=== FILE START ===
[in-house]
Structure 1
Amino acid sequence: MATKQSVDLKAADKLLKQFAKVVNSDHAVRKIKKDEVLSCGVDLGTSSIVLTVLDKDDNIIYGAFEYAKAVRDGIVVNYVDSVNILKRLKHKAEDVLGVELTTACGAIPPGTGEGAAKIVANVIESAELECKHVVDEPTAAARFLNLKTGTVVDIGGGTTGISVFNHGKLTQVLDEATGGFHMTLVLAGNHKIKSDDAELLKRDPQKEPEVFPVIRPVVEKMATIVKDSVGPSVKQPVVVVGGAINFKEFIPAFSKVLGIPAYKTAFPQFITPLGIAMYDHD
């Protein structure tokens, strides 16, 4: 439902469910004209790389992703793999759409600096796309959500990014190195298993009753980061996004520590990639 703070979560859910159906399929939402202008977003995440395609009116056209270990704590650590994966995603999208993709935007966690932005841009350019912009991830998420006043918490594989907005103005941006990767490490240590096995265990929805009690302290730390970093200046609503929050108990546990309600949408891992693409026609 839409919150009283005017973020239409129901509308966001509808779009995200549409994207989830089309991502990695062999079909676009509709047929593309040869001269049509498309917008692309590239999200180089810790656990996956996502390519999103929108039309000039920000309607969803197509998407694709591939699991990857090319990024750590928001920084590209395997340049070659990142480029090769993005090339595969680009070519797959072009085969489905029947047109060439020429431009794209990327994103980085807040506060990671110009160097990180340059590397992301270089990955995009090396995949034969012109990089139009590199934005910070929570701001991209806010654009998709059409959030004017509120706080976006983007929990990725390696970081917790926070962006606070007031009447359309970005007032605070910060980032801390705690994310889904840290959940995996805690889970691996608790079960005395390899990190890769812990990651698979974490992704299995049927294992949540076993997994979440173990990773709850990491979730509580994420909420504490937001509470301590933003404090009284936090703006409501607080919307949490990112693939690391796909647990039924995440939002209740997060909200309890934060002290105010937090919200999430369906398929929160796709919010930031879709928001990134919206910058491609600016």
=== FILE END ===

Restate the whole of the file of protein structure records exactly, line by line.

[in-house]
Structure 1
Amino acid sequence: MATKQSVDLKAADKLLKQFAKVVNSDHAVRKIKKDEVLSCGVDLGTSSIVLTVLDKDDNIIYGAFEYAKAVRDGIVVNYVDSVNILKRLKHKAEDVLGVELTTACGAIPPGTGEGAAKIVANVIESAELECKHVVDEPTAAARFLNLKTGTVVDIGGGTTGISVFNHGKLTQVLDEATGGFHMTLVLAGNHKIKSDDAELLKRDPQKEPEVFPVIRPVVEKMATIVKDSVGPSVKQPVVVVGGAINFKEFIPAFSKVLGIPAYKTAFPQFITPLGIAMYDHD
């Protein structure tokens, strides 16, 4: 439902469910004209790389992703793999759409600096796309959500990014190195298993009753980061996004520590990639 703070979560859910159906399929939402202008977003995440395609009116056209270990704590650590994966995603999208993709935007966690932005841009350019912009991830998420006043918490594989907005103005941006990767490490240590096995265990929805009690302290730390970093200046609503929050108990546990309600949408891992693409026609 839409919150009283005017973020239409129901509308966001509808779009995200549409994207989830089309991502990695062999079909676009509709047929593309040869001269049509498309917008692309590239999200180089810790656990996956996502390519999103929108039309000039920000309607969803197509998407694709591939699991990857090319990024750590928001920084590209395997340049070659990142480029090769993005090339595969680009070519797959072009085969489905029947047109060439020429431009794209990327994103980085807040506060990671110009160097990180340059590397992301270089990955995009090396995949034969012109990089139009590199934005910070929570701001991209806010654009998709059409959030004017509120706080976006983007929990990725390696970081917790926070962006606070007031009447359309970005007032605070910060980032801390705690994310889904840290959940995996805690889970691996608790079960005395390899990190890769812990990651698979974490992704299995049927294992949540076993997994979440173990990773709850990491979730509580994420909420504490937001509470301590933003404090009284936090703006409501607080919307949490990112693939690391796909647990039924995440939002209740997060909200309890934060002290105010937090919200999430369906398929929160796709919010930031879709928001990134919206910058491609600016």